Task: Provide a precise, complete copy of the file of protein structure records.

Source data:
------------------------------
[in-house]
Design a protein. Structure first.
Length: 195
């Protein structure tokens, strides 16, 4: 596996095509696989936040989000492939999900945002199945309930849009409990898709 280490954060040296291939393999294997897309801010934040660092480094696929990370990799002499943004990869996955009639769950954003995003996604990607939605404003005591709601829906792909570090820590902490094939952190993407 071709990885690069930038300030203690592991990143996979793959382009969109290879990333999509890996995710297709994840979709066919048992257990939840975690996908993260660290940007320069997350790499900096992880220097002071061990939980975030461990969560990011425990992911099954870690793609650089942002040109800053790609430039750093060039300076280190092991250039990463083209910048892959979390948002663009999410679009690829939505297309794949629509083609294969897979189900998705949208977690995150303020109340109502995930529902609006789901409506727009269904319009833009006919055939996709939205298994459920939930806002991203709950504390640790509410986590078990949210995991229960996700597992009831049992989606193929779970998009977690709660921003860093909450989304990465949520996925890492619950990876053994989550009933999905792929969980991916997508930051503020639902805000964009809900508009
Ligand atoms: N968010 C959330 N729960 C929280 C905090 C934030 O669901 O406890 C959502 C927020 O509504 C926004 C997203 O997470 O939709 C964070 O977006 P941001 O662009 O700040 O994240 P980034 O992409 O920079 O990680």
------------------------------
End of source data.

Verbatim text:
[in-house]
Design a protein. Structure first.
Length: 195
């Protein structure tokens, strides 16, 4: 596996095509696989936040989000492939999900945002199945309930849009409990898709 280490954060040296291939393999294997897309801010934040660092480094696929990370990799002499943004990869996955009639769950954003995003996604990607939605404003005591709601829906792909570090820590902490094939952190993407 071709990885690069930038300030203690592991990143996979793959382009969109290879990333999509890996995710297709994840979709066919048992257990939840975690996908993260660290940007320069997350790499900096992880220097002071061990939980975030461990969560990011425990992911099954870690793609650089942002040109800053790609430039750093060039300076280190092991250039990463083209910048892959979390948002663009999410679009690829939505297309794949629509083609294969897979189900998705949208977690995150303020109340109502995930529902609006789901409506727009269904319009833009006919055939996709939205298994459920939930806002991203709950504390640790509410986590078990949210995991229960996700597992009831049992989606193929779970998009977690709660921003860093909450989304990465949520996925890492619950990876053994989550009933999905792929969980991916997508930051503020639902805000964009809900508009
Ligand atoms: N968010 C959330 N729960 C929280 C905090 C934030 O669901 O406890 C959502 C927020 O509504 C926004 C997203 O997470 O939709 C964070 O977006 P941001 O662009 O700040 O994240 P980034 O992409 O920079 O990680």